Unfortunately I was unable to locate for confirmation an article I’d read years ago. This article, if I recall correctly, reported a response of Carle’s to children enquiring why he had used “cocoon” rather than “chrysalis”. His response was one of disdain. What did it matter?
If you search Eric Carle’s current website for cocoon, this is the response you will receive:
While Carle concedes that most butterflies come from a chrysalis, he triumphantly states that one rare genus pupates in a cocoon! I confirmed this with the Encyclopaedia Britannica .
Does that one rare instance let Carle off the hook?
I think not.
In her article on the Monarch Butterfly New Zealand Trust website in response to Carle’s statement, Jacqui says
“Actually, the Parnassians pupate inside cocoon-like webs usually constructed among leaves or in rubbish piles.” (my underlining)
So not quite true and not quite off the hook Eric Carle.
In addition, although I couldn’t find the article I was searching for, I found this from Scholastic which shows that Eric was aware of the error and declined to change it.
“By the way, Eric already knows that a caterpillar emerges from a chrysalis, not a cocoon! So don’t bother writing to tell him. Eric explains how the famous “mistake” crept into the book:
“My editor contacted a scientist, who said that it was permissible to use the word cocoon. Poetry over science. It simply would not have worked to say, ‘Come out of your chrysalis!’ If we can accept giants tied down by dwarfs, genies in bottles, and knights who attack windmills, why can’t a caterpillar come out of a cocoon?”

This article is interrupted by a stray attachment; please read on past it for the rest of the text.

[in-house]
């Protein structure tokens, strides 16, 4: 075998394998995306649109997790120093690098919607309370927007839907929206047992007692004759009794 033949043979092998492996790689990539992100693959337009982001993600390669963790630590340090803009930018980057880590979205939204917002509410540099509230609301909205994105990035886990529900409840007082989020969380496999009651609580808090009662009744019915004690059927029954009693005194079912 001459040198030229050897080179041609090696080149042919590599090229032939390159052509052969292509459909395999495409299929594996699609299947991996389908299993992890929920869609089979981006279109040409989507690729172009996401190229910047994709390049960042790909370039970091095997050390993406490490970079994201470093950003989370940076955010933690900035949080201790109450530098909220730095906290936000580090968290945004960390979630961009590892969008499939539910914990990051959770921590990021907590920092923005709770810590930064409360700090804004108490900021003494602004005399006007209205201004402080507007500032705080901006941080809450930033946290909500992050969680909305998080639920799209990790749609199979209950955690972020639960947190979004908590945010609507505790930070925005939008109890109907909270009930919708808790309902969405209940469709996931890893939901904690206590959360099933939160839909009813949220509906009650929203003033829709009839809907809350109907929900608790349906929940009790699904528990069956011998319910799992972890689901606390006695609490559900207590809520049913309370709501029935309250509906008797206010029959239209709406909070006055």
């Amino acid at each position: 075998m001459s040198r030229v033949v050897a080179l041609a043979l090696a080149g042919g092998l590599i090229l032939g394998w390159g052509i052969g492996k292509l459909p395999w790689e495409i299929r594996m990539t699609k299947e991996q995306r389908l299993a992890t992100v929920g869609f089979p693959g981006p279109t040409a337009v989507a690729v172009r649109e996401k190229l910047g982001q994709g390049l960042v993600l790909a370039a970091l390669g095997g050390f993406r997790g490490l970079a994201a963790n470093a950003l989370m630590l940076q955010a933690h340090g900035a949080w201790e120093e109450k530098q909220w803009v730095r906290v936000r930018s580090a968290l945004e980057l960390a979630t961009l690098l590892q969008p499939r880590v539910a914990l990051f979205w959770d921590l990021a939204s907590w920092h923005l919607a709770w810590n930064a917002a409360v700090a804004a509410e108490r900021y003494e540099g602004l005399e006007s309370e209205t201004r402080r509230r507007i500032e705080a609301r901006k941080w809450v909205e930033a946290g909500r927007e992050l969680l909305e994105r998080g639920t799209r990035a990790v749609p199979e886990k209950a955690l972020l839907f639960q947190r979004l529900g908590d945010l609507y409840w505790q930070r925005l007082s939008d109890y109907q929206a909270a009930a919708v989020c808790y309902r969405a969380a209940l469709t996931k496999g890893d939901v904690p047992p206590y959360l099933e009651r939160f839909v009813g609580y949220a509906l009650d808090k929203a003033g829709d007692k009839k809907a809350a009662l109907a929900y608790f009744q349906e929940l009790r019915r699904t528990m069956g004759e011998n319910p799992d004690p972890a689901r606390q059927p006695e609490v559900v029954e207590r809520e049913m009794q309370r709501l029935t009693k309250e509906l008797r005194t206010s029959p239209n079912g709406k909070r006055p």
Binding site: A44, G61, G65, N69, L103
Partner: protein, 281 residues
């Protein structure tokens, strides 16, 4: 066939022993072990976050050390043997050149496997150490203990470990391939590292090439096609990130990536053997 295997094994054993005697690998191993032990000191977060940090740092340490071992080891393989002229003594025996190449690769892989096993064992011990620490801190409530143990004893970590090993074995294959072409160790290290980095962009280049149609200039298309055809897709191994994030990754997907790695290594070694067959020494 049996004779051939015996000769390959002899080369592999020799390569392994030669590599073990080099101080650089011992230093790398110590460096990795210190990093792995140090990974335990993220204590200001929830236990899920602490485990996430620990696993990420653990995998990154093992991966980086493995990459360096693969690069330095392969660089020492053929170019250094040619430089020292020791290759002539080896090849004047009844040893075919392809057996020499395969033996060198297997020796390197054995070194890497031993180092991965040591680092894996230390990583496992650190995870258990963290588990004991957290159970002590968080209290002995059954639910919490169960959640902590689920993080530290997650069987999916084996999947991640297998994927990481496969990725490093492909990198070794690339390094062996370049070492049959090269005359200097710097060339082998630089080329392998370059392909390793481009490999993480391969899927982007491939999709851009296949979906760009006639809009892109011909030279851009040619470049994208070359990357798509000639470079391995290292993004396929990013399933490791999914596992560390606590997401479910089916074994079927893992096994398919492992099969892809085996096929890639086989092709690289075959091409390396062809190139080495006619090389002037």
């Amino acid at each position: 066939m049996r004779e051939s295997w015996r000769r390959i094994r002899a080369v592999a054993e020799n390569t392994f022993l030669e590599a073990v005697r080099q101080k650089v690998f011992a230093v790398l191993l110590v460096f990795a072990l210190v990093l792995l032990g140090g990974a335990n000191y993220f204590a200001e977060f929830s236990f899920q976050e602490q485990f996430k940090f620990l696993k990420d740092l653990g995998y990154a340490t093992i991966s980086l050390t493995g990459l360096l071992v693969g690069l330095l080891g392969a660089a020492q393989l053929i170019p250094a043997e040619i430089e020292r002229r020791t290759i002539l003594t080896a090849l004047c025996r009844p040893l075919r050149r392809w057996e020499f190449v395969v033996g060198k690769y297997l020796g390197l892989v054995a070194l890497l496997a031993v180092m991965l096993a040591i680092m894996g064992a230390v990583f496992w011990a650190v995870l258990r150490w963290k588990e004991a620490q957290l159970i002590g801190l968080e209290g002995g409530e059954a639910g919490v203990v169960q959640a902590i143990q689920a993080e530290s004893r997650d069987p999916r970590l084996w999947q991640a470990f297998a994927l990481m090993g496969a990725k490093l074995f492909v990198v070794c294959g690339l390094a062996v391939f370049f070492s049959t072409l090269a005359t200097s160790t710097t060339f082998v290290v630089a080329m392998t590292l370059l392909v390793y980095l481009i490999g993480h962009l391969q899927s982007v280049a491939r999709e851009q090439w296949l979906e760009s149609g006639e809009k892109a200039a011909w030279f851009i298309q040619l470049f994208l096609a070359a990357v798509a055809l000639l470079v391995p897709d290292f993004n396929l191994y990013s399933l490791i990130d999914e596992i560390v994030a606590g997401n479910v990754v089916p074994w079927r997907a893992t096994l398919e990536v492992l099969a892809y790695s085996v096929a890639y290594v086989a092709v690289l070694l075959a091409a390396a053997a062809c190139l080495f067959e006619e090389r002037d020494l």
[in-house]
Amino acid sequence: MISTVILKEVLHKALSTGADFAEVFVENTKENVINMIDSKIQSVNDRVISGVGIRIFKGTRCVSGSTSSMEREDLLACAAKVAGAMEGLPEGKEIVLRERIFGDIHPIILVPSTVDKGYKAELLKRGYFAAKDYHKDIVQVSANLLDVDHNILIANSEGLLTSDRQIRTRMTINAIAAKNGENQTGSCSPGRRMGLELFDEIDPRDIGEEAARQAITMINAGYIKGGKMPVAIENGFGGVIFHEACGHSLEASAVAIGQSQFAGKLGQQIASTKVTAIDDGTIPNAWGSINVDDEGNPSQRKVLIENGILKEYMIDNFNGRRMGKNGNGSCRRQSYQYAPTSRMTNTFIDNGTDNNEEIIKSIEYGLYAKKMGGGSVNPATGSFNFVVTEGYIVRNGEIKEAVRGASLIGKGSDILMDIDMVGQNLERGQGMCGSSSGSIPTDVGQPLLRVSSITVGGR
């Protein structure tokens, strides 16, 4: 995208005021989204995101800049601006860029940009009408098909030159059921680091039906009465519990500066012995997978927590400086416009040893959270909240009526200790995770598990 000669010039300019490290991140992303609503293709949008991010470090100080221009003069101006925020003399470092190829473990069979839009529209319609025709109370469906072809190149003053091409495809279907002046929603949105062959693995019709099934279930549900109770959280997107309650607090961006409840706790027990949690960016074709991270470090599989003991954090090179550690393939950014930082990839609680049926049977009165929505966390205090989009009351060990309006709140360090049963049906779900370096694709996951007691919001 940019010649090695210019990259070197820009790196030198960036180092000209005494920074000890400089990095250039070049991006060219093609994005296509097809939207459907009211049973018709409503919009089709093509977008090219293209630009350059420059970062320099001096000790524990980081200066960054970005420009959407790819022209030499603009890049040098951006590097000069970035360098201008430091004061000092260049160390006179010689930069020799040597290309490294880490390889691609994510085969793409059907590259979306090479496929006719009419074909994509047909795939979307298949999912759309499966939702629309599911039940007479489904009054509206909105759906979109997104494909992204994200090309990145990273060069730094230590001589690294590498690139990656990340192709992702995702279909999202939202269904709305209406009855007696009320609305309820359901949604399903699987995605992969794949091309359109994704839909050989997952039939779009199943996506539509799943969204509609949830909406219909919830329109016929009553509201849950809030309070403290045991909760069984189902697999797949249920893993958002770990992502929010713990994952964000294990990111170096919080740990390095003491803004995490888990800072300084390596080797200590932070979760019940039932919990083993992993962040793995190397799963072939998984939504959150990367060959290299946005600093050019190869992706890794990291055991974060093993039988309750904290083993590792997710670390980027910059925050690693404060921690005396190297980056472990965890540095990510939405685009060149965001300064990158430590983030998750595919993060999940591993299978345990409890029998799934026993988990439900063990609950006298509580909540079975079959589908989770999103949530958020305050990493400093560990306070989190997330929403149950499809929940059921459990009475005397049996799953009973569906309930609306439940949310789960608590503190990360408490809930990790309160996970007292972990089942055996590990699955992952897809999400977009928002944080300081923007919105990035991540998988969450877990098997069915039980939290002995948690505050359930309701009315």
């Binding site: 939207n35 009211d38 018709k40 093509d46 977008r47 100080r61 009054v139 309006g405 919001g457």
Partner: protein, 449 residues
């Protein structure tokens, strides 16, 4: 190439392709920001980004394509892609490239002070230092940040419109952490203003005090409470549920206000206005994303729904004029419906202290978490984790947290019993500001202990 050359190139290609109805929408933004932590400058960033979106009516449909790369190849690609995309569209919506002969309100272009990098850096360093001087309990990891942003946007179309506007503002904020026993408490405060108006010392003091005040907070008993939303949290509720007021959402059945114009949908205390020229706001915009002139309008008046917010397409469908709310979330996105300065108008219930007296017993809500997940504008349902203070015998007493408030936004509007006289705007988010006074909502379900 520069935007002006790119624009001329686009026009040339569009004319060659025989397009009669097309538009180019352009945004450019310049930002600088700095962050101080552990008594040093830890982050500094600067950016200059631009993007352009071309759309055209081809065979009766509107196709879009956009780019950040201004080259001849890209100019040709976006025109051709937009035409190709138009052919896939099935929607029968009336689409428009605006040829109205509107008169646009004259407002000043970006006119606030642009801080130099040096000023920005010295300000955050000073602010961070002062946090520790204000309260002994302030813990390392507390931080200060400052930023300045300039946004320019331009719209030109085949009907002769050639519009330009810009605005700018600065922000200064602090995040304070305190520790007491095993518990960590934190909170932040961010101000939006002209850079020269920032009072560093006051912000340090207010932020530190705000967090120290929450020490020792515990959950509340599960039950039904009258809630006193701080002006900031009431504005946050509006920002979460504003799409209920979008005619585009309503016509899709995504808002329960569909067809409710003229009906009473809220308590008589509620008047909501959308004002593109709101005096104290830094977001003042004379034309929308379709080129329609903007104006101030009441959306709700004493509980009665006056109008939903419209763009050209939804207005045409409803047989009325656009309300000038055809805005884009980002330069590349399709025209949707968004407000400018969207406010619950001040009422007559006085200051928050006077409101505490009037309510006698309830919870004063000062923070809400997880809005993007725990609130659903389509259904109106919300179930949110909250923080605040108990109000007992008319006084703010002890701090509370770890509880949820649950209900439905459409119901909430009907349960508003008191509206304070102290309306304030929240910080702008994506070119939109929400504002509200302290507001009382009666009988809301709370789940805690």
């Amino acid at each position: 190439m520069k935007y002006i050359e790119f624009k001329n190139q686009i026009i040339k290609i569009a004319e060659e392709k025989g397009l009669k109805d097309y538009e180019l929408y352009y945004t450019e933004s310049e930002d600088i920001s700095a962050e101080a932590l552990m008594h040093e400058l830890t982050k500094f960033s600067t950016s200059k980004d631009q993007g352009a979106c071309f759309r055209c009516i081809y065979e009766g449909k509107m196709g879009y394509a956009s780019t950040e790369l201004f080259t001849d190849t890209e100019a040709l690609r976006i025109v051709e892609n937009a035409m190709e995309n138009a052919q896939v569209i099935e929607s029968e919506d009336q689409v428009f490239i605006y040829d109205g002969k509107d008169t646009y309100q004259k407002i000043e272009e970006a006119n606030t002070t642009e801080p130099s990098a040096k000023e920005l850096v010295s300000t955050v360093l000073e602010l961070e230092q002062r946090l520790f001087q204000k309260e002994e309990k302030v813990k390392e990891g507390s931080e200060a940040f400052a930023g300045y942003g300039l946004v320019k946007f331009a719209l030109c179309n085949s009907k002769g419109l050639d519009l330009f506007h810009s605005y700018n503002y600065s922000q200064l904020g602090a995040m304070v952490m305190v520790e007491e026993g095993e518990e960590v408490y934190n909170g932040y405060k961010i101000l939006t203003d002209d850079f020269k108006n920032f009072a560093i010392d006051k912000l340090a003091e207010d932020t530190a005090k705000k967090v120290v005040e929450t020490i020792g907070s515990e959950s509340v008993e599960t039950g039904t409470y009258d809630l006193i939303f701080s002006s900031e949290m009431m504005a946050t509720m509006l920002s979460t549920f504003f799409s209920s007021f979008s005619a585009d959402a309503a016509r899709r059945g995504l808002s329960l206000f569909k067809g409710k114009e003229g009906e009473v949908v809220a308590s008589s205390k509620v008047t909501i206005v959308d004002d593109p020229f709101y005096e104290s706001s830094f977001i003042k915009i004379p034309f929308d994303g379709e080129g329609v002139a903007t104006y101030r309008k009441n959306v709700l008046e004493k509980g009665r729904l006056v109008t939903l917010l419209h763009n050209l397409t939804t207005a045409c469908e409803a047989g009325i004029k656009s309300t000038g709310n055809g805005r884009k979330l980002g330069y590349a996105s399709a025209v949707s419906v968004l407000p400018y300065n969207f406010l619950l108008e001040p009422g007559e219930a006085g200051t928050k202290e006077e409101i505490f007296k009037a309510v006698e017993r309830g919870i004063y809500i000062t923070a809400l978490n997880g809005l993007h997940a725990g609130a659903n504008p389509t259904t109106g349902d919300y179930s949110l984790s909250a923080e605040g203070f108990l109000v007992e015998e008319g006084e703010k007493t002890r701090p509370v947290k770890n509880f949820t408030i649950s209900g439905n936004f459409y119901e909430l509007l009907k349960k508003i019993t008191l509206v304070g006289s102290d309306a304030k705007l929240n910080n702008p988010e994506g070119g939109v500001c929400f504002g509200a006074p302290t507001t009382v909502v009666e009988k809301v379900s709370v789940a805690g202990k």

There are many points for discussion in that statement:
- His editor contacted a scientist – What sort of scientist? I would say one with questionable credentials or entomological knowledge.
- Permissible to use the word “cocoon” – Why? For what purpose?
- Poetry over science!!!!!!! Chrysalis is a beautiful word, specific to the butterfly. What could be more poetic than that? Poetic and scientific! What a great combination!
- Why wouldn’t it have worked to say “Come out of your chrysalis”?
- A caterpillar doesn’t come out of a cocoon. A caterpillar spins a cocoon; then a moth comes out of it; not a butterfly! (Except for the rare Parnassian butterfly.)
Is this issue, as Carle suggests, the same as giants and dwarfs, genies in bottles and knights who attack windmills?
What do you think?
Do picture book authors have a responsibility in imparting factual information to children?
Is it okay to choose “poetry over science”?
In his talk Reading and obligation (reviewed in an earlier post) Neil Gaiman said that
“We writers – and especially writers for children, but all writers – have an obligation to our readers: it’s the obligation to write true things, especially important when we are creating tales of people who do not exist in places that never were – to understand that truth is not in what happens but what it tells us about who we are. Fiction is the lie that tells the truth”
Not quite the same thing I know, but an obligation nonetheless?
Though not there now, when I first looked at the Reading Rockets interview with Eric Carle this quote was prominently displayed beside it:
“The more that you read, the more things you will know. The more you learn, the more places you’ll go.”
— Dr. Seuss
A bit ironic, don’t you think?
How much of the responsibility should remain with the reader to verify the correctness/accuracy of what is read? How does one go about that?
I have always been a believer in the “question everything” approach. “Don’t believe everything you read,” I say. But sometimes knowing what to accept and what to question can be a difficult thing.
I’d love to know what you think. Please leave a comment in the comment box.
Here are links to some of the articles I referred to in this post:
Neil Gaiman lecture in full: Reading and obligation
This post is the third in a series
Searching for meaning in a picture book – Part A
Searching for purpose in a picture book – Part B